Literature on daily foods enjoyed in the royal court is much more scarce than that on banquet foods. The only literature that elaborates on royal daily foods is Wonhangeulmyojeongriuigwe (a record of protocols) (1795). According to its records, there were meals prepared with only seven or ten side dishes.
Taking an interest in citizens while within the royal court - the greater meaning of surasang
Preparing all these sumptuous foods for a single person in the royal court may appear absurd and wasteful; however, there was special meaning behind a meal prepared for a king. People would harvest crops, catch fish or hunt animals and present to their king only the finest quality foods appropriate for the current season.
The foods presented reflected the hard efforts of the people as well as their living conditions at the time. Therefore, when these foods were cooked and presented to the king, he was able to grasp the lives of his people and the seasonal conditions without roaming all over the nation.
Months of preparations for royal banquets
Being extravagant events, a large workforce had to be mobilized for royal banquets. Such banquets were held on special occasions such as sixtieth birthdays, fortieth birthdays, fiftieth birthdays, 41st birthdays and 51st birthdays of kings, queens or queen mothers, the bestowing of a new title, a king's admission to giroso (a home for the elderly), the formal designation of a crown prince, weddings, and receptions for foreign envoys. Banquets were categorized into jinyeon, jinchan, jinjak and sujak.
Once a royal sanction was obtained, a temporary office called jinyeondogam (an office for a royal banquet) was set up. The office would discuss procedures, purchase the required goods, and prepare activities, dancing and singing performances and foods for a banquet. These preparations took months. A daeryeongsuksu, a male cook specializing in banquet foods, would be invited to prepare the foods.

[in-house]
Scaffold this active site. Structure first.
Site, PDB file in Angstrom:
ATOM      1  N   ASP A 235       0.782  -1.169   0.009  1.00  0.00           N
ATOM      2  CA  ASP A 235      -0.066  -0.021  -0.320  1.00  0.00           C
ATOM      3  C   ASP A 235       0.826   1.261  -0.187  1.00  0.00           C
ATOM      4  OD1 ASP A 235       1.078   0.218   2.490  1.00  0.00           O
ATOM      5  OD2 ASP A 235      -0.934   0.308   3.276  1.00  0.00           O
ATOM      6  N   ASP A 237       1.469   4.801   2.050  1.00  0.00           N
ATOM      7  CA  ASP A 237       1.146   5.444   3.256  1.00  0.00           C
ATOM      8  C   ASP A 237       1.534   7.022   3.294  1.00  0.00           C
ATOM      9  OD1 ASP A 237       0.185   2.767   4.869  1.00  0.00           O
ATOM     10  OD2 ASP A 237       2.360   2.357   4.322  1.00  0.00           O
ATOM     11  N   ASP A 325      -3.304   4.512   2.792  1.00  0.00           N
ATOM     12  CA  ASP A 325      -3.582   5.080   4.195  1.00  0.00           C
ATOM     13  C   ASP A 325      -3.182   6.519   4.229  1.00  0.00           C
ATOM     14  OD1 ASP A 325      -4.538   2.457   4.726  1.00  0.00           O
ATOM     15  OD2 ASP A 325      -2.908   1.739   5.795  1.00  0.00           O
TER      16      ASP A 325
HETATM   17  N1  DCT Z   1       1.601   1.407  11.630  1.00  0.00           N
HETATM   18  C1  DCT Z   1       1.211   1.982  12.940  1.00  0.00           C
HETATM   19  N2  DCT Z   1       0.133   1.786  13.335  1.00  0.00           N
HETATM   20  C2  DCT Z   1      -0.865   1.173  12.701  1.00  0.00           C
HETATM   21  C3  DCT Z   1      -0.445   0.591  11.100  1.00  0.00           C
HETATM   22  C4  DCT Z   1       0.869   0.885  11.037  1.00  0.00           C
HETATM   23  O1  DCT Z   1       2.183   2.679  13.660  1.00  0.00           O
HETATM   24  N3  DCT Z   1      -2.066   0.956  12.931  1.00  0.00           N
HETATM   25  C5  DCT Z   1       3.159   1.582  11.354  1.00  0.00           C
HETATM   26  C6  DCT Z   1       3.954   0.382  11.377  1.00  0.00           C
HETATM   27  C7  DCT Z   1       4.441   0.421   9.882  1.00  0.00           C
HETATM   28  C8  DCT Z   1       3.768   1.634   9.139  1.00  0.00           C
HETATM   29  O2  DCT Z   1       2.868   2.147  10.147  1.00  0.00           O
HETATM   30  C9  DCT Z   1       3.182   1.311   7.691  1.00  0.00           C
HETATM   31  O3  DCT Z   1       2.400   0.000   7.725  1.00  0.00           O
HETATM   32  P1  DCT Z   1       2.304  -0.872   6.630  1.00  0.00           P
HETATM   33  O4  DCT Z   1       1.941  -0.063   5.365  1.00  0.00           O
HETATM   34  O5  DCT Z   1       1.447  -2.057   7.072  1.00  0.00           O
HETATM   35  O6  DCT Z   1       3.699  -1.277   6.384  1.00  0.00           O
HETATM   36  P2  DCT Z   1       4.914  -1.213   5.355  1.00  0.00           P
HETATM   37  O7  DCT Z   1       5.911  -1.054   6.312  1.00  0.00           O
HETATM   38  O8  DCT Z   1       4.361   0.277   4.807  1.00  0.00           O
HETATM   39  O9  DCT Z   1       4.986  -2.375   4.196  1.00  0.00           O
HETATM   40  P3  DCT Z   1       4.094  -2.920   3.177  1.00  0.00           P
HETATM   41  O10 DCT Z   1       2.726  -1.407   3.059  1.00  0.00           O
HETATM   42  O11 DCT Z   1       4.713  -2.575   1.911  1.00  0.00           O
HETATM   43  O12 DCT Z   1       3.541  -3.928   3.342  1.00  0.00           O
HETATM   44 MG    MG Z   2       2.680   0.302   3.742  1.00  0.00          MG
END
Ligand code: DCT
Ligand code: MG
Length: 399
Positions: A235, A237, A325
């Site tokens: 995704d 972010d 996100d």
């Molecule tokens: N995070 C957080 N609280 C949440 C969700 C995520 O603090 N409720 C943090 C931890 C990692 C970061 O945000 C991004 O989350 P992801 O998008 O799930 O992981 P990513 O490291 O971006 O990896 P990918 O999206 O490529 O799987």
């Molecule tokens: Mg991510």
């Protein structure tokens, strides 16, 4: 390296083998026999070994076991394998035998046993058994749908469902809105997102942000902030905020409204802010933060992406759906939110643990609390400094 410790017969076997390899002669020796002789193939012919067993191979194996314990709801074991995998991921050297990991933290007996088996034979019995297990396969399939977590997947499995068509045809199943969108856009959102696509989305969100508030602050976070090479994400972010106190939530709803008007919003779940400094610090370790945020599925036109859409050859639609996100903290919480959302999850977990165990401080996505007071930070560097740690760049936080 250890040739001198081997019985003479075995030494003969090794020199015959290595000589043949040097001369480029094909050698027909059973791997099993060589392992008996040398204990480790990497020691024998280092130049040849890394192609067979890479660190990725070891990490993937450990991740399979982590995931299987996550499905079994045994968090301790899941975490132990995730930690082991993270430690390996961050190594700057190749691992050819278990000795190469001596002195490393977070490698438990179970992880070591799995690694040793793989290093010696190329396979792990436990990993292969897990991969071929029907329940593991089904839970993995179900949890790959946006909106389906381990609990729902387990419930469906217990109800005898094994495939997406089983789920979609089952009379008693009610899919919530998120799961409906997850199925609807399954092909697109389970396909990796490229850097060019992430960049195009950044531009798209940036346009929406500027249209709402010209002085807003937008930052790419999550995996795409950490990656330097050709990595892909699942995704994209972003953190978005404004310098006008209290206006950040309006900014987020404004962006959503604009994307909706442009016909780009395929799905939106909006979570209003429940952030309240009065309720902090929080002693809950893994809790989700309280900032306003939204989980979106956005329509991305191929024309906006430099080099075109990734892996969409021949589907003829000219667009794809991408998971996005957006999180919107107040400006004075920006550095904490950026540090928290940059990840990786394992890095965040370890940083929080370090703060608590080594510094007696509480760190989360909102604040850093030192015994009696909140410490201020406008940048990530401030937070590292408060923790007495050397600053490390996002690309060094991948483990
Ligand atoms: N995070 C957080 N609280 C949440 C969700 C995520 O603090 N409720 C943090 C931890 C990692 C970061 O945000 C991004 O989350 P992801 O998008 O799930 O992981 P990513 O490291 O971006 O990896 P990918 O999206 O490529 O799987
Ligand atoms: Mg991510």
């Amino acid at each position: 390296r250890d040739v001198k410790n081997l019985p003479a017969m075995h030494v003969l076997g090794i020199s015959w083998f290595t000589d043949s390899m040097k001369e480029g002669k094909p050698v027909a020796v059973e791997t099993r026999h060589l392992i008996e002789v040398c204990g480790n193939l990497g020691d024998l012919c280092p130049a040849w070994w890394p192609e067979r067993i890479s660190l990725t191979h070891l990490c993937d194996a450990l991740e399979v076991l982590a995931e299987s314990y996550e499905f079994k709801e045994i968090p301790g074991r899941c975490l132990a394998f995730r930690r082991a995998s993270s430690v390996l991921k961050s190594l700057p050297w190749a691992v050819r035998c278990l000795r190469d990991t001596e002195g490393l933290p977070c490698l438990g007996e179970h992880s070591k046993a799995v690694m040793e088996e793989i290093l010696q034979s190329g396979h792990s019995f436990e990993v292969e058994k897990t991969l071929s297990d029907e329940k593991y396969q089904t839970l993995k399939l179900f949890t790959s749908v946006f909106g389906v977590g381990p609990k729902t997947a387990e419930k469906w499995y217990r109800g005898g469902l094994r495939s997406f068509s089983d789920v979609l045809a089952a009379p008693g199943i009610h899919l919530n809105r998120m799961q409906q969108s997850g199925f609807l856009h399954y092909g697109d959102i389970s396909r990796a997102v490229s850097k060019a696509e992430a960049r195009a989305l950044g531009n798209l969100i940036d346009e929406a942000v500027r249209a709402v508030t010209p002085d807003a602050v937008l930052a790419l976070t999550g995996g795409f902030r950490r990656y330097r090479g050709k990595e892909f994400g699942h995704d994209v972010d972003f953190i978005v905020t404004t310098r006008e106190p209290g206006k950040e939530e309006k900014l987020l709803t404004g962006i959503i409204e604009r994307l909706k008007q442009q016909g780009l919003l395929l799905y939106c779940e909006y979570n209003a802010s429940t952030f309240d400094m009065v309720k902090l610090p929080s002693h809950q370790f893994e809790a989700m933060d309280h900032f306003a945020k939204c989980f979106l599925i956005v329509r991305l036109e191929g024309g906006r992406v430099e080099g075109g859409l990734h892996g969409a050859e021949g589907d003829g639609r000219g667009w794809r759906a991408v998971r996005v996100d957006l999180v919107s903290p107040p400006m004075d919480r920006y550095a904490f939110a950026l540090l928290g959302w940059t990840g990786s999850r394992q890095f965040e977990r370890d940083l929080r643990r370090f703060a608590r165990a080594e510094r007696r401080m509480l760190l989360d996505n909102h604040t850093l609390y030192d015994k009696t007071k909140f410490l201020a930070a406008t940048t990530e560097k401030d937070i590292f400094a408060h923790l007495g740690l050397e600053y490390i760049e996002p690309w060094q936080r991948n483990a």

Banquet foods in periods after the mid-Joseon Dynasty are described in detail in jinchanuigwe (records of protocols for jinchan), jinyeonuigwe (records of protocols for jinyeon), deungrok (records of earlier events), and menus. Currently, 27 different records of protocols and deungrok from the Joseon Dynasty have been preserved. Records of protocols for royal courts include a section on dishes served at the banquet, which describes the number of banquets held, the number and types of dishes served, and the number and types of flowers placed at the tables. Below the name of each dish, every ingredient and the amount used in cooking are documented in small lettering. These records of banquets also elaborate on all the items required for a banquet (lights, umbrellas, folding screens, floor cushions, tables, drinking cups, tablecloths, boxes for valuables, lanterns, vases, bamboo blinds, a thank you letter, etc. ), musical instruments, dances, music and ceremonies.
At the center of a table placed before the king, tall piles of foods were stacked and their tops decorated extravagantly with flowers. This was called sangwha. The flowers used to adorn the foods were all made of paper. In royal courts, menus were called changan (proposed foods) or chanpumdanja (a list of dishes). Chanpumdanja was a scroll on which items or dishes served at a meal, whether a banquet or an everyday meal, were recorded. This was equivalent to a menu in the Western world, gondate in Japan, and chaidan in China.